We arrive at BATS and make our way up to the Dome, where we’re greeted by his stage manager who welcomes us into the space and, curiously, gives us all a number. Rolston himself is manning the door when you get into the actual space, and his bejewelled forehead and dazzling nails are hard to take your eyes off of. Along with our numbers, we’re also given a list of queer organisations across Aotearoa with some information about each one, love to see it! The staging seems pretty standard for a magic show, with various tables and props that we’re eager to see the purpose of lining the stage, and a projection at the back.
The show begins with some quick housekeeping from Rolston, giving us a quick rundown of the nature of the show, and some other key information such as informing people on the nature/use of pronouns for those who might not understand them. He asks each volunteer their name/pronouns before each mind-bending trick to ensure he addresses them correctly. I’m surprised at how many folks say ‘I don’t know’ when he brings them onstage and asks them, but I’m reminded that this is still very new for some folks and I’m definitely not part of this demographic, but back to the show. Rolston begins by asking us to suspend our disbelief, try not to figure it out, and just enjoy the show how we see fit. It’s always nice to be encouraged to make noise and get excited, although I feel like the pronouns chat could have been placed in there as it sort of felt like we had two preliminary chats before the show began.
After this, Rolston launches into his story about coming to terms with his queerness. Like many queer folks, he grew up in a religious home and Leviticus 18:22 was seared into his memory, being gay was not an option. No one’s coming out story is the same, because no queer person is the same, but the fundamental fear of rejection is one that rings true for most of us. Rolston only came to terms with it when he was 25, as stated in the programme, so he spent a long time battling with himself about the very notion of being queer. As someone who was outed pretty young (and also grew up in a religious family), I never spent that time questioning who I was because everyone else was already doing it for me; but despite our stories being pretty different I still felt a deep sense of resonance with the idea of trying to suppress those feelings in a community that doesn’t accept us.
Now, onto the magic itself. Rolston gives us a brief synopsis of how he got into the magic world, citing things like FISM (the Fédération Internationale des Sociétés Magiques or the International Federation of Magic Societies) and some of the top magicians in the world as inspirations, before telling us about what he does best: mentalism. Mentalism is a form of magic that utilises psychological principles to create illusions, things like telekinesis, mind reading, and rapid mathematics etc. I won’t spoil anything - you’ll have to go see the show for that - but trust me they are awe inducing. Although he asked us not to try to figure anything out, my neurodivergent self can’t help but think about how the hell he managed to do it, and as I sit here writing this review I can safely say I’m still stumped. I mean, how does one make a table float??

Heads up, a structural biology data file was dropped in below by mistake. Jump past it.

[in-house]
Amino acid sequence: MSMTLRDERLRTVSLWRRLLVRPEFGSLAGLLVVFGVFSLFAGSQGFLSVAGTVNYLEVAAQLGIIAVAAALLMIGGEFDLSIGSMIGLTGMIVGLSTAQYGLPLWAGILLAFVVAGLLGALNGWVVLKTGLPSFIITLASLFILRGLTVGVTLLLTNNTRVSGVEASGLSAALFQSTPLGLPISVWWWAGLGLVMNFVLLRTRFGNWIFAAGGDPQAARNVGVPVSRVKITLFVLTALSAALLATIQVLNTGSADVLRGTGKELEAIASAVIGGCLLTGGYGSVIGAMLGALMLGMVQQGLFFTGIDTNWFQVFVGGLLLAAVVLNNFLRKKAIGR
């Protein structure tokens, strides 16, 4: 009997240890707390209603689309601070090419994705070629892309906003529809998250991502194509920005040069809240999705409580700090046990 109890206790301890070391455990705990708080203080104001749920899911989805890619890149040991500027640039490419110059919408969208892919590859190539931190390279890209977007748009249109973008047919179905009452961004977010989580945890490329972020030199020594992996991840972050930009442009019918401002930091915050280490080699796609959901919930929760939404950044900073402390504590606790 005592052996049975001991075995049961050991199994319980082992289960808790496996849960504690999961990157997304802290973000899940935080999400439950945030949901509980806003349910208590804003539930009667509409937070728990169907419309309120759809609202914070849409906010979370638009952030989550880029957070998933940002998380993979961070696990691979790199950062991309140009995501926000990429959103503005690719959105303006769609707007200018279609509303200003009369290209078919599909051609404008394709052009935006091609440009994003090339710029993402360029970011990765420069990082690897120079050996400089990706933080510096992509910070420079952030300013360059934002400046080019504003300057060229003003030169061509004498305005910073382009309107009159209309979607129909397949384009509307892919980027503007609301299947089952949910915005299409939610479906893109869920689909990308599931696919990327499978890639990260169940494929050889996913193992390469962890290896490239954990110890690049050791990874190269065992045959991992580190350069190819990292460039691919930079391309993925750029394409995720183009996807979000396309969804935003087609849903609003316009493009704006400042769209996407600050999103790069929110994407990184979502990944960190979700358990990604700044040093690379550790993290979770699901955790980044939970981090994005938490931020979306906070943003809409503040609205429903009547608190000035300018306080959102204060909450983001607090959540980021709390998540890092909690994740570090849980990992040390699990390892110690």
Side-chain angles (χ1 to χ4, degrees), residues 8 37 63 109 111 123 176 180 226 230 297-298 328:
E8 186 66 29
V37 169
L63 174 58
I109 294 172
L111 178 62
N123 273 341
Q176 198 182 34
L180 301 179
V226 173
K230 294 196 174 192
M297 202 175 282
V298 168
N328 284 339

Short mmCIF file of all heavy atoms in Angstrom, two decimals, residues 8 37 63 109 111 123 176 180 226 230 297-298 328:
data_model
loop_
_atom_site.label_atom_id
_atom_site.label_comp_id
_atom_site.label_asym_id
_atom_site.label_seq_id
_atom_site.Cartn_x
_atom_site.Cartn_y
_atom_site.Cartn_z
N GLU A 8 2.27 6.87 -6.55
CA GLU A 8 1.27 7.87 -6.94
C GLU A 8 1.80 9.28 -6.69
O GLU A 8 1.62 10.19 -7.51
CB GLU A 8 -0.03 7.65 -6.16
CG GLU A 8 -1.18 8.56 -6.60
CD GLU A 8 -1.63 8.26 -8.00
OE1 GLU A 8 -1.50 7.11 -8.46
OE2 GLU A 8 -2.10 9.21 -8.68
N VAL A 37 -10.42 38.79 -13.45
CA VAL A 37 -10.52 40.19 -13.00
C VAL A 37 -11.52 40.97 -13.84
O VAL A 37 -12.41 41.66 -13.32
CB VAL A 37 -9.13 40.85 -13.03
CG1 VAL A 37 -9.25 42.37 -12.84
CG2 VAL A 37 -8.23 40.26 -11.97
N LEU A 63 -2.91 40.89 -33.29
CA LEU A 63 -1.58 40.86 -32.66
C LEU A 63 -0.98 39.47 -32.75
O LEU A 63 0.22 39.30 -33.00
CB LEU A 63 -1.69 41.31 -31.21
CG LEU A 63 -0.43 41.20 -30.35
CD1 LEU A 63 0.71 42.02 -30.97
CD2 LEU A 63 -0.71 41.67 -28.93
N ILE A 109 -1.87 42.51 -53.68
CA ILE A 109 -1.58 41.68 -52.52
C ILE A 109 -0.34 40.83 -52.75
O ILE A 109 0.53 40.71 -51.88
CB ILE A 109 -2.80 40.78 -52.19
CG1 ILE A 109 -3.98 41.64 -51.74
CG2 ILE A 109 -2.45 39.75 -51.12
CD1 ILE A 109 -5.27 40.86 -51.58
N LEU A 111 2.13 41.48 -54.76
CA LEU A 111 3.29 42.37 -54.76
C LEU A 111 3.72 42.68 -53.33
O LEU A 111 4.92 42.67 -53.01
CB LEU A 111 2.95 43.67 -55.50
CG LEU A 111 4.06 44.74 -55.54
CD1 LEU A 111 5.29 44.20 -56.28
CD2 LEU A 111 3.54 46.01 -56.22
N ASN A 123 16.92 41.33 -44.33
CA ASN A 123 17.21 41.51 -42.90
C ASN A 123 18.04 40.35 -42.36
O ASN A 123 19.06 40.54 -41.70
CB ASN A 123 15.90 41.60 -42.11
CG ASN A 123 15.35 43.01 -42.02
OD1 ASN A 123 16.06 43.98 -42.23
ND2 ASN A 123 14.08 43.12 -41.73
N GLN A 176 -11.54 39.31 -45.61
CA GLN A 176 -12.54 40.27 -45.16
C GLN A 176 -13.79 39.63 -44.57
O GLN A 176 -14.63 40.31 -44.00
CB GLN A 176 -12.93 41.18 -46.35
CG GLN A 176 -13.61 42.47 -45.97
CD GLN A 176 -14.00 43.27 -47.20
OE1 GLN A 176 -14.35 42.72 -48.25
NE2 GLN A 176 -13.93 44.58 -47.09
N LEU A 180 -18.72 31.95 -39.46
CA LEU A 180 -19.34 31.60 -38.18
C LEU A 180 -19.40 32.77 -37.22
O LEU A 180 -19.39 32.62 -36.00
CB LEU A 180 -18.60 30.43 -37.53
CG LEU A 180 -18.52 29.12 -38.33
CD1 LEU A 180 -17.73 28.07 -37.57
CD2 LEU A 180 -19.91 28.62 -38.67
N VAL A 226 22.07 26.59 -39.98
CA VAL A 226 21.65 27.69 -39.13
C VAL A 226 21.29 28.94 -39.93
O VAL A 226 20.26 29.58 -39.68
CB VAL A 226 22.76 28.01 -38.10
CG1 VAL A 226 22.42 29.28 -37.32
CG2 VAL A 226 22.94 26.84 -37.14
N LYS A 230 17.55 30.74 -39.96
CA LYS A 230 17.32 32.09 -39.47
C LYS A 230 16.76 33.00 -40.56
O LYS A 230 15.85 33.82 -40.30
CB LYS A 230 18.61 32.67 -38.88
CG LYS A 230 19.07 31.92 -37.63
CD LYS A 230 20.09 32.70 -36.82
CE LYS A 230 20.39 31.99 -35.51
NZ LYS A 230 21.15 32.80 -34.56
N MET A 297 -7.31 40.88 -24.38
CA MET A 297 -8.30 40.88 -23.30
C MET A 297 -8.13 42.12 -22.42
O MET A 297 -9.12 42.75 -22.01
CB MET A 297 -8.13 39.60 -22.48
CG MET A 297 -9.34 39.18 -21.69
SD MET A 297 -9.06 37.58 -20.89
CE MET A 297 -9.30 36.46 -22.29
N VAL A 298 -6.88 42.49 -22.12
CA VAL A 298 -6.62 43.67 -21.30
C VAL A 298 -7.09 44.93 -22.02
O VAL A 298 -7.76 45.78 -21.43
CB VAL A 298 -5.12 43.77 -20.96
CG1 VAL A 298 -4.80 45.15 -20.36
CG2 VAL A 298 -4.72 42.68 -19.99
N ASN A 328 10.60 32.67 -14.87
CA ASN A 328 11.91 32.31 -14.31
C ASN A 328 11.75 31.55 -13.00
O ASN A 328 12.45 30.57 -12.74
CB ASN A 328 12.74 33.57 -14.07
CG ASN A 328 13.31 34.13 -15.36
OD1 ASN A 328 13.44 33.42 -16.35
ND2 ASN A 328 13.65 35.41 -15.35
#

Rolston’s story is heartfelt and poignant, especially when he tells about his grandparents, and he does a great job relating his story to the feats he performs to highlight milestones in his own story and the beauty of the queer community itself. I wanted to see a bit more development in the performance itself, some more moments of pause for us to reflect on the horrifying statistics or sit in our awe for a little longer. I think playing with the pacing would really help to highlight the emotional highs and lows of this journey, however the matter of fact tone he uses does work well for an audience that seems to be made up of a lot of allies who likely have a lot to learn. Rolston shines most in his audience interaction by making his volunteers very comfortable (the numbers we we’re given as we enter is how he selects random volunteers), and I wanted to see that sense of comfort from him a little bit more in the moments where he told his story, as there were times where it felt a little too matter of fact. I’d also love to see this developed for a younger audience, Rolston’s message could help a lot of queer rangatahi.
The childlike sense of wonder is still lingering, magic really does that to you, but it’s something Rolston said towards the end that stuck with me. After describing the current state of affairs in the LGBTQ+ community in 2023, he said “you are queer for a reason”. That was something 13-year-old Alia needed to hear when they were outed, and I think it’s something a lot more young queer folks could benefit from hearing.
It feels a little strange to be celebrating the beauty of our community and who we are as a TERF has been let into the country with more protection than we could ever dream of, but it goes to show that we’re not going anywhere. I hope the team keeps developing this show, we need queer joy more than ever right now and I think Rolston has the power to change a lot of minds. And for anyone who doesn’t see the show but still needs to hear it: you are queer for a reason.
The Best is Yet to Come - A Queer Magic Show closed on Saturday 25th March in The Dome at BATS.